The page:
Table Betting Paces

Phase

Ratio

Increasing Ratio -->

Open

(opening bet, $) (# callers) pot, $

Slow pace --> Fast pace

Raise

(raise bet, $) (# callers) pot, $

Slow pace --> Fast pace

Final bet

(last bet, $) (# callers) pot, $

Slow pace --> Fast pace

Bluff

(# bluffs) (average # final callers) #hands played

Slow pace --> Fast pace

Few hands are played at the optimum betting pace. And if, for example, the betting pace is relatively slow, the optimum pace will be somewhat faster. A person increases his investment and edge odds by playing closer to the optimum pace.

In the Monday night game, John realizes that the betting in seven-card stud moves at a fast pace during the early rounds, but slows considerably in the late rounds of big bets. He takes advantage of that imbalance by laying back during the early rounds as players get drawn in and disclose their betting tendencies. Then in the later rounds, he quickens the pace by betting aggressively. But while playing closer to the optimum pace himself, John is careful not to correct the imbalanced pace of other players.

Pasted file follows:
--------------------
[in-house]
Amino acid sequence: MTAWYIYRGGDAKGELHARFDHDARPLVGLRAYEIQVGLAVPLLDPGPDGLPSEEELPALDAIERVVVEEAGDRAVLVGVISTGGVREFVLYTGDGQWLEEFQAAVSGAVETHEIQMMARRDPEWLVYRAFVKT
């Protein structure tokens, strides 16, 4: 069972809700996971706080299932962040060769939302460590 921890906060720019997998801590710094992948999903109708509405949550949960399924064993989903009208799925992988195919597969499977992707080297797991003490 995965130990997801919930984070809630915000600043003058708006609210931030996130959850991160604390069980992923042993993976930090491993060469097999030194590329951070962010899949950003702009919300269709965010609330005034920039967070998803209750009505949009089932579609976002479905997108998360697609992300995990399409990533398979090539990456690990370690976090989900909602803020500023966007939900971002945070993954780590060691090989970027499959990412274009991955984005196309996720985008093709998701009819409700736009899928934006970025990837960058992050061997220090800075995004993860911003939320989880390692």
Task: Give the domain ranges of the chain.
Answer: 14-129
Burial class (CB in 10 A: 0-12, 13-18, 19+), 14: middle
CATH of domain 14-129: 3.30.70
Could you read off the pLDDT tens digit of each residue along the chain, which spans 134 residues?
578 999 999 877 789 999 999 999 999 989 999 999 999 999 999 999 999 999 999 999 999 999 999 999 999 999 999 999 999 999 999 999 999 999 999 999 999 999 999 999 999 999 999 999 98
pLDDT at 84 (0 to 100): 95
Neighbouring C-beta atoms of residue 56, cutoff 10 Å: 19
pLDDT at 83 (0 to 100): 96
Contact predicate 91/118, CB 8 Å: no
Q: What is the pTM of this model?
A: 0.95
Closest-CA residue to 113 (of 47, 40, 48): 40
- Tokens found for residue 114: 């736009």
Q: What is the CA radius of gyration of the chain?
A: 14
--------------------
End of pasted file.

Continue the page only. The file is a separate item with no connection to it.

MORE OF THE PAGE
The following ratios illustrate how John Finn estimates and influences the hand pace of the Monday night, seven-card stud game.

Phase

Without John Finn Estimated Ratios

Pace

With John Finn Estimated Ratios

Open

$4 X 4 =.70 $23

Too fast

(first round)

$5 X 3 =.40 $38

I

$5 X 4 =.48 $42

Final bet

$20 X 2 =.20 $198

Too slow

$25 X 3 =.25 $297

Final raise

Best hand should raise, but often does not

John Finn often makes final raise

The techniques for applying the Advanced Concepts of Poker are described in Part Two of this book.

The techniques for applying the Advanced Concepts of Poker are described in Part Two of this book.

Next Page | Contents | Feedback for Valuable/New Information | Previous Page

0 0

Post a comment